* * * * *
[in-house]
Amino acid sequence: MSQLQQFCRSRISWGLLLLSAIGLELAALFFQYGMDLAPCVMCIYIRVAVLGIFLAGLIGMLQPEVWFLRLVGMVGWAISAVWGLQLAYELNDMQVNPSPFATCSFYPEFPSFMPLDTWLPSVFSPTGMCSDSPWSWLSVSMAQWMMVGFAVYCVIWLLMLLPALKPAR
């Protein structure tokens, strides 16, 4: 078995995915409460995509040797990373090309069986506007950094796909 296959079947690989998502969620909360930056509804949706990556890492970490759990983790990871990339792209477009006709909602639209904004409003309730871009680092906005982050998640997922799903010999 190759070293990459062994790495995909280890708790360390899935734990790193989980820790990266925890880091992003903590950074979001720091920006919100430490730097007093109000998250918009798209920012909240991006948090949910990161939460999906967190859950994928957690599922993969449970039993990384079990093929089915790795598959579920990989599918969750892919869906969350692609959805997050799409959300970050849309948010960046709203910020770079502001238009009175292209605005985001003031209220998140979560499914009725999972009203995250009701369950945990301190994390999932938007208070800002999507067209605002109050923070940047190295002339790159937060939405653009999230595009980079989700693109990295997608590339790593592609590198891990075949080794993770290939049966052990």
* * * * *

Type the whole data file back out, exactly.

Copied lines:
[in-house]
Amino acid sequence: MSQLQQFCRSRISWGLLLLSAIGLELAALFFQYGMDLAPCVMCIYIRVAVLGIFLAGLIGMLQPEVWFLRLVGMVGWAISAVWGLQLAYELNDMQVNPSPFATCSFYPEFPSFMPLDTWLPSVFSPTGMCSDSPWSWLSVSMAQWMMVGFAVYCVIWLLMLLPALKPAR
């Protein structure tokens, strides 16, 4: 078995995915409460995509040797990373090309069986506007950094796909 296959079947690989998502969620909360930056509804949706990556890492970490759990983790990871990339792209477009006709909602639209904004409003309730871009680092906005982050998640997922799903010999 190759070293990459062994790495995909280890708790360390899935734990790193989980820790990266925890880091992003903590950074979001720091920006919100430490730097007093109000998250918009798209920012909240991006948090949910990161939460999906967190859950994928957690599922993969449970039993990384079990093929089915790795598959579920990989599918969750892919869906969350692609959805997050799409959300970050849309948010960046709203910020770079502001238009009175292209605005985001003031209220998140979560499914009725999972009203995250009701369950945990301190994390999932938007208070800002999507067209605002109050923070940047190295002339790159937060939405653009999230595009980079989700693109990295997608590339790593592609590198891990075949080794993770290939049966052990």